I Spy Moody Members in Queer Eye

Moody women work on Netflix reality show Queer Eye
Five cast members from the Netflix reality show Queer Eye post in front of Austin's El Arroyo sign.

Queer Eye stars pose in front of Austin's El Arroyo. Credit: Queer Eye Facebook page

When radio-television-film juniors — and twins — Kayla and Krista Kummerl saw a post on Facebook seeking someone to help on an Austin-based television set, they messaged persistently, a move that landed them roles as production assistants on the sixth season of the hit show Queer Eye.

Queer Eye is a Netflix-produced reality show where a team of five — experts in food, fashion, clothing, beauty and design — give people lifestyle makeovers in a week.

This latest season, based in Austin, Texas, featured several Moody alums.

The episode “A Legend in the Baking” centered around bakery owner Sarah Lim, whose business OMG Squee in East Austin received a full makeover from the main cast members.

Jennifer Lane, a producer and cinematographer who graduated in 1987, served as an executive producer on the show.

“As a Texan, I was super thrilled to share Austin with the world,” Lane said of the project. “It meant a lot to me to make sure we could capture Austin as beautiful as it is and as diverse as it is.”

The Kummerl twins on the set of Queer Eye.

The Kummerl sisters pose on the set of Queer Eye.

Kayla and Krista spent months working on the Austin season as production assistants, and said they were the people who were on standby if any crew member needed help, including picking up coffee for the cast and driving crew members on 15-passenger van across set.

Kayla said she loved being able to watch other Moody alumni work on the show, especially Lane. She found it interesting to see the lessons Lane had learned at UT and how she applied them on set.

“Obviously, as students, we're working with our professors who have experience and are giving us advice from their experiences. But just to watch it happen right in front of you is really amazing,” she said.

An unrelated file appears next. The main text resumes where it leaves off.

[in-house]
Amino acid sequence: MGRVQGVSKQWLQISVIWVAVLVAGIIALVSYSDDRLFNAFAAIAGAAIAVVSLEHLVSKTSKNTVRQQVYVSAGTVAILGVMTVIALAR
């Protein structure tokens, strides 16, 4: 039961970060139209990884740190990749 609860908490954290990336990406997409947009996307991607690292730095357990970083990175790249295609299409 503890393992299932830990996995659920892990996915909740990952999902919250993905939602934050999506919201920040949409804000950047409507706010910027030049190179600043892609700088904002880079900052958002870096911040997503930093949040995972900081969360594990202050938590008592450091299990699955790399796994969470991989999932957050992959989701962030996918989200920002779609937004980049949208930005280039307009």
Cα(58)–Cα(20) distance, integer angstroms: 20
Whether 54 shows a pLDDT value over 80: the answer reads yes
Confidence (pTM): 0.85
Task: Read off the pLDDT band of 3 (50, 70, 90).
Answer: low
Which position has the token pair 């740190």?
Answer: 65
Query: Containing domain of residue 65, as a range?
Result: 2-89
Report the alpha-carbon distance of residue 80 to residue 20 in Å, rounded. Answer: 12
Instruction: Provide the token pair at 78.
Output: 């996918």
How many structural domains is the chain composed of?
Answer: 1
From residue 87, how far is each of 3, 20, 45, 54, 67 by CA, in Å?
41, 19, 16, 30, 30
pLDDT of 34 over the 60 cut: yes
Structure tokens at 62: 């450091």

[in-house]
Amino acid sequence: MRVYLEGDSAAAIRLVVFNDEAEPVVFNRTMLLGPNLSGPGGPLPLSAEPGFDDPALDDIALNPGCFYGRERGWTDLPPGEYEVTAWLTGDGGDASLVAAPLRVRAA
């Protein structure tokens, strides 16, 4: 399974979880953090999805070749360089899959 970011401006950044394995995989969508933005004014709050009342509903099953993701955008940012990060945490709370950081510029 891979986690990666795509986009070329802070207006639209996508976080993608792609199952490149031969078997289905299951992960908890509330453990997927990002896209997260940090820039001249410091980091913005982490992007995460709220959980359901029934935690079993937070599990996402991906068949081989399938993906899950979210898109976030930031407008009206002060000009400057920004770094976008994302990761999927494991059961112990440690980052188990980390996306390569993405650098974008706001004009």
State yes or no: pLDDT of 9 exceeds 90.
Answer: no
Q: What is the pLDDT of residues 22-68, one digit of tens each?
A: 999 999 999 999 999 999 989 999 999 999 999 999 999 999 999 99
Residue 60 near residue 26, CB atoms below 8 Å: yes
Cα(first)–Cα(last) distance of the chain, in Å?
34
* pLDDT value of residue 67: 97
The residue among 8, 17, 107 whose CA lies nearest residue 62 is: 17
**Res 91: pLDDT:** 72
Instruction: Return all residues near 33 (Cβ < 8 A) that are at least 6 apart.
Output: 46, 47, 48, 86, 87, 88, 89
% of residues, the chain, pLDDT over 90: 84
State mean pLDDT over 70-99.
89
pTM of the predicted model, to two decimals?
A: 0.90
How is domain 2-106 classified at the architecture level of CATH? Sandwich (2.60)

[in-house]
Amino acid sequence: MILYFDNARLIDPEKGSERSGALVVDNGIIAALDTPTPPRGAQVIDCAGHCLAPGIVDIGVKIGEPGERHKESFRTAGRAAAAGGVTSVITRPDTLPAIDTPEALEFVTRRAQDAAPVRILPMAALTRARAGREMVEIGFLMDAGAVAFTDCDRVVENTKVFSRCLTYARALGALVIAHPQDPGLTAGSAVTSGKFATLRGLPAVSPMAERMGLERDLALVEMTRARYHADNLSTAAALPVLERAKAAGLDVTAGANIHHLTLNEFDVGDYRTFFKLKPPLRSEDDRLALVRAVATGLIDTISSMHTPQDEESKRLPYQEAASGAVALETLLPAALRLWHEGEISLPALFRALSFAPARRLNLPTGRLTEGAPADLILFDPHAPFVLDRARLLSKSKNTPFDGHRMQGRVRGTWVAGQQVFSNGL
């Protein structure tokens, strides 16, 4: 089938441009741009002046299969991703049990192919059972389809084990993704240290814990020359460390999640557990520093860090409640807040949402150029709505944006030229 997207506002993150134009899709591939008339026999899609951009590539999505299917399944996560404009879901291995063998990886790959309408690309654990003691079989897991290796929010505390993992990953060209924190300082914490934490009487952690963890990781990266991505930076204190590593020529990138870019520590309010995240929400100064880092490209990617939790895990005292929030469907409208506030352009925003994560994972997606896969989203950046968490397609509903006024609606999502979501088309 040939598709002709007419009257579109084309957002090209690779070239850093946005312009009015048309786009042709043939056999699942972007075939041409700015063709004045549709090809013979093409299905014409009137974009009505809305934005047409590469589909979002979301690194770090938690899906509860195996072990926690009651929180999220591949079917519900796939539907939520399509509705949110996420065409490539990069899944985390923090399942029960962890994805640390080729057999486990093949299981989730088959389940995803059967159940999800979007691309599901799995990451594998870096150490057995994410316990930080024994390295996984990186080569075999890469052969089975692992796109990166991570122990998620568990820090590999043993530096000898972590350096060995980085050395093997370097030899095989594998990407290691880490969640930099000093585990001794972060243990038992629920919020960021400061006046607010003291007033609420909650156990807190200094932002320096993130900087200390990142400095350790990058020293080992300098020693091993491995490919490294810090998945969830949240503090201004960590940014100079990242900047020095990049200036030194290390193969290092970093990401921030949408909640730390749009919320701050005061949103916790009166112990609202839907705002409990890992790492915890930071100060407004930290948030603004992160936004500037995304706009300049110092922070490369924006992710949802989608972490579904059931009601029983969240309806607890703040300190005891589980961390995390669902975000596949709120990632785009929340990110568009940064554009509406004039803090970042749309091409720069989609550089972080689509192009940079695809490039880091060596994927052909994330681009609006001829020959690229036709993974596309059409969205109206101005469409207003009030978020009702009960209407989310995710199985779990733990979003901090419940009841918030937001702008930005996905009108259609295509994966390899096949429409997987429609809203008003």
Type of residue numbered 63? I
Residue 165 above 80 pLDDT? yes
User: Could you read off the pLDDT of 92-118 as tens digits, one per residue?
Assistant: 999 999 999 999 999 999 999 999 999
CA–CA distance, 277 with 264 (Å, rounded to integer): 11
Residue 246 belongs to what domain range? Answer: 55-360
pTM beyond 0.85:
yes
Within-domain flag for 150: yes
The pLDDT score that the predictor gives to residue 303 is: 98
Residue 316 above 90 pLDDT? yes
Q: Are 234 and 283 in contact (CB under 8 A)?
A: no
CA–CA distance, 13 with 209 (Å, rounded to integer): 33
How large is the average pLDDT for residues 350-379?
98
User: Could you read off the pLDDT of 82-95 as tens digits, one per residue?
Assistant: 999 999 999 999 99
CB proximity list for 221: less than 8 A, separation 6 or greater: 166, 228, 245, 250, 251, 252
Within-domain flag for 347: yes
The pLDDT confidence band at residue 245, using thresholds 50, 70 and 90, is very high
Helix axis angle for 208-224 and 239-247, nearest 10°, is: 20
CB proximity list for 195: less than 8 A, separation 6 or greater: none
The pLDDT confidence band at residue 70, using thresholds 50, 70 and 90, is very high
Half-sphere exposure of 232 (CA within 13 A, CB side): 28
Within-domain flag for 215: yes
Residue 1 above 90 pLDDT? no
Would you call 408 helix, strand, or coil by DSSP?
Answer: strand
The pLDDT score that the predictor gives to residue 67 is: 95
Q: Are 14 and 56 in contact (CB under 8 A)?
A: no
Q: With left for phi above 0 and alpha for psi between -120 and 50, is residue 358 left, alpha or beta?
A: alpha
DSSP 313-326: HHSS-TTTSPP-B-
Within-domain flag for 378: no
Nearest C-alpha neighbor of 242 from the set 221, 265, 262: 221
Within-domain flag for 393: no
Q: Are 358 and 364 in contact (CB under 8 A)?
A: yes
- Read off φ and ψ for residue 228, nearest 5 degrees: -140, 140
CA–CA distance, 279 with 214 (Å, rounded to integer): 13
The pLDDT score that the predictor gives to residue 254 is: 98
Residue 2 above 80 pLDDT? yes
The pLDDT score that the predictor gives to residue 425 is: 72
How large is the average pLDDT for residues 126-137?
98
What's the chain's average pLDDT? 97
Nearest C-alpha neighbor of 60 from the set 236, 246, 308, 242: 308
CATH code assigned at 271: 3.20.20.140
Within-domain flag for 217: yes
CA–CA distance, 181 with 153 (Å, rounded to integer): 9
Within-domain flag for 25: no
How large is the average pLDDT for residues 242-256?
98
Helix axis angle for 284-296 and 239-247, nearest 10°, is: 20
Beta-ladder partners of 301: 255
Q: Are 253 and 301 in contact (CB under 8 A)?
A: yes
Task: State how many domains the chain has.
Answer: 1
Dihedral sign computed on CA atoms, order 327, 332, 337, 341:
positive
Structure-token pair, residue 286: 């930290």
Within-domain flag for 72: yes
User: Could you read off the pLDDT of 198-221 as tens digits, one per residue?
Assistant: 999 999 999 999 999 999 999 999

Lane said Queer Eye was an interesting project compared to her past work because she was able to learn the importance of creative freedom.

“They don't try to orchestrate everything,” she said. “When you let people be free to create, you're going to get a better product out of it.”

Of her time at UT, she said she is most grateful for what she learned from her film professors, who helped shape her foundation.

“(Moody has) the most distinctive, different, amazing teachers that not only helped us to learn to respect the history of filmmaking, but the execution of it,” she said.

Kayla and Krista said they are looking forward to spending the rest of their time as students continuing their professional work, while using the resources Moody College has to offer, such as sound stages and production equipment.

Krista said Moody students looking to enter the industry should be persistent in finding jobs. Lane advises students to work their way up to the profession they want with help of current professionals.

“Find somebody who's doing what you want to do and copy them and imagine yourself in that role constantly,” she said.

The sixth season of Queer Eye is streaming on Netflix. Check out all 10 episodes to see the work of Moody alums and take in a heavy dose of Austin scenery.

Areeba Amer
Digital Content Intern